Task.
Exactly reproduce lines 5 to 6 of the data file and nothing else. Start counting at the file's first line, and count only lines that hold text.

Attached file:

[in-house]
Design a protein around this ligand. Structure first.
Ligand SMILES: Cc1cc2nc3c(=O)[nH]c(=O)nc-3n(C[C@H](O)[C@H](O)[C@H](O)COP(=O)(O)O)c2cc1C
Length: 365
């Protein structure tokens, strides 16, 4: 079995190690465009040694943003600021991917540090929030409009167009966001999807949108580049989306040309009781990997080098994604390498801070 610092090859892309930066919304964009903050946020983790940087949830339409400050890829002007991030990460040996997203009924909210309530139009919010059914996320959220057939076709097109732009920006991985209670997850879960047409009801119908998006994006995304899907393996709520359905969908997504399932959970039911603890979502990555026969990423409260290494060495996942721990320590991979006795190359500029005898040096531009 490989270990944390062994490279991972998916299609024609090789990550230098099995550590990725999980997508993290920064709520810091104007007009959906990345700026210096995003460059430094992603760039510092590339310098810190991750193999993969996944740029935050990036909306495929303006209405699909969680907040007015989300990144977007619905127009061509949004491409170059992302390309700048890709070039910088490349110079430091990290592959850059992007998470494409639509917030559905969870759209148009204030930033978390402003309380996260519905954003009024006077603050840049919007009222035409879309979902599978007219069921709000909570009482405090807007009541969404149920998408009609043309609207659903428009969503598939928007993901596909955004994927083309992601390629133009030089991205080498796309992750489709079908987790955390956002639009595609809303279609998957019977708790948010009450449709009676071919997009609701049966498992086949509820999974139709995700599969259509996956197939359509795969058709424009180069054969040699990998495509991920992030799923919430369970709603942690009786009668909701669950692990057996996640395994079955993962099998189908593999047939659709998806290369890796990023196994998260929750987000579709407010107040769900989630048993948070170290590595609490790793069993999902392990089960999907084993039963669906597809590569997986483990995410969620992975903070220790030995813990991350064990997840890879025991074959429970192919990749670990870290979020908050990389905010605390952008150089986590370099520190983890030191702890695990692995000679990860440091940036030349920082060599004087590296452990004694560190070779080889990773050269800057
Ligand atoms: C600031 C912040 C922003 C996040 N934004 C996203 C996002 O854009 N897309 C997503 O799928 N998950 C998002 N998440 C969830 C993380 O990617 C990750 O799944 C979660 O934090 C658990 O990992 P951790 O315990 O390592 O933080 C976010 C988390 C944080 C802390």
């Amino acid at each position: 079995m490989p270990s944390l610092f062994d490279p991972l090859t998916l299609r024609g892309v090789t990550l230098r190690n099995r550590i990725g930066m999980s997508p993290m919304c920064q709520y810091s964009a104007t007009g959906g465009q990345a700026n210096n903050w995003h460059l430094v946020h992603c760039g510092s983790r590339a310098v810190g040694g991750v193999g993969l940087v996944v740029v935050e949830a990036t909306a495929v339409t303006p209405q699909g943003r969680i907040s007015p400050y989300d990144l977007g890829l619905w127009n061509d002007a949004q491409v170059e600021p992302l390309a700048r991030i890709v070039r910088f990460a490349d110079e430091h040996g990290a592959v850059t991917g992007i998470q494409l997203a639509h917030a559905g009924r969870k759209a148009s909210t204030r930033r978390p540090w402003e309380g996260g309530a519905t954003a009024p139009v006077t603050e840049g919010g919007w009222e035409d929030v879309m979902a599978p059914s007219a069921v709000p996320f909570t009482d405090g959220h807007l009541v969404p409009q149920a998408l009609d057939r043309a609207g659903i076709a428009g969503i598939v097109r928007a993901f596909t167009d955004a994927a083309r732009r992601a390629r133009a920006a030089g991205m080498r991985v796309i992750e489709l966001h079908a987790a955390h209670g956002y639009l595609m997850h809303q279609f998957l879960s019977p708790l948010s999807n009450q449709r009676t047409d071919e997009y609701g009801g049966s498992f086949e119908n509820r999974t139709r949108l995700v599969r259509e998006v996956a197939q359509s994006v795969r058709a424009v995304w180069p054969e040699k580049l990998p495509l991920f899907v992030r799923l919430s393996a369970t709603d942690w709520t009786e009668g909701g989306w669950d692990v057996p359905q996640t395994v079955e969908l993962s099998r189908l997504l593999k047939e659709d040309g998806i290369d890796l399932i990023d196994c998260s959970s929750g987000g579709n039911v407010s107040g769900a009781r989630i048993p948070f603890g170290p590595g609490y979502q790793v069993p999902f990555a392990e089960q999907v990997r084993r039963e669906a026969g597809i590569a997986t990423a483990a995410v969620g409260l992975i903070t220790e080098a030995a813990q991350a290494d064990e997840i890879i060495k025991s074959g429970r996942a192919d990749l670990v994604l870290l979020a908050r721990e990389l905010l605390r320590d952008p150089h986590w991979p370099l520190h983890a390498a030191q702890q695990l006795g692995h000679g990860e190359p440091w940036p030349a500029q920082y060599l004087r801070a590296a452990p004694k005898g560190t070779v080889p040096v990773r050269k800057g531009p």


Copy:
């Protein structure tokens, strides 16, 4: 079995190690465009040694943003600021991917540090929030409009167009966001999807949108580049989306040309009781990997080098994604390498801070 610092090859892309930066919304964009903050946020983790940087949830339409400050890829002007991030990460040996997203009924909210309530139009919010059914996320959220057939076709097109732009920006991985209670997850879960047409009801119908998006994006995304899907393996709520359905969908997504399932959970039911603890979502990555026969990423409260290494060495996942721990320590991979006795190359500029005898040096531009 490989270990944390062994490279991972998916299609024609090789990550230098099995550590990725999980997508993290920064709520810091104007007009959906990345700026210096995003460059430094992603760039510092590339310098810190991750193999993969996944740029935050990036909306495929303006209405699909969680907040007015989300990144977007619905127009061509949004491409170059992302390309700048890709070039910088490349110079430091990290592959850059992007998470494409639509917030559905969870759209148009204030930033978390402003309380996260519905954003009024006077603050840049919007009222035409879309979902599978007219069921709000909570009482405090807007009541969404149920998408009609043309609207659903428009969503598939928007993901596909955004994927083309992601390629133009030089991205080498796309992750489709079908987790955390956002639009595609809303279609998957019977708790948010009450449709009676071919997009609701049966498992086949509820999974139709995700599969259509996956197939359509795969058709424009180069054969040699990998495509991920992030799923919430369970709603942690009786009668909701669950692990057996996640395994079955993962099998189908593999047939659709998806290369890796990023196994998260929750987000579709407010107040769900989630048993948070170290590595609490790793069993999902392990089960999907084993039963669906597809590569997986483990995410969620992975903070220790030995813990991350064990997840890879025991074959429970192919990749670990870290979020908050990389905010605390952008150089986590370099520190983890030191702890695990692995000679990860440091940036030349920082060599004087590296452990004694560190070779080889990773050269800057
Ligand atoms: C600031 C912040 C922003 C996040 N934004 C996203 C996002 O854009 N897309 C997503 O799928 N998950 C998002 N998440 C969830 C993380 O990617 C990750 O799944 C979660 O934090 C658990 O990992 P951790 O315990 O390592 O933080 C976010 C988390 C944080 C802390």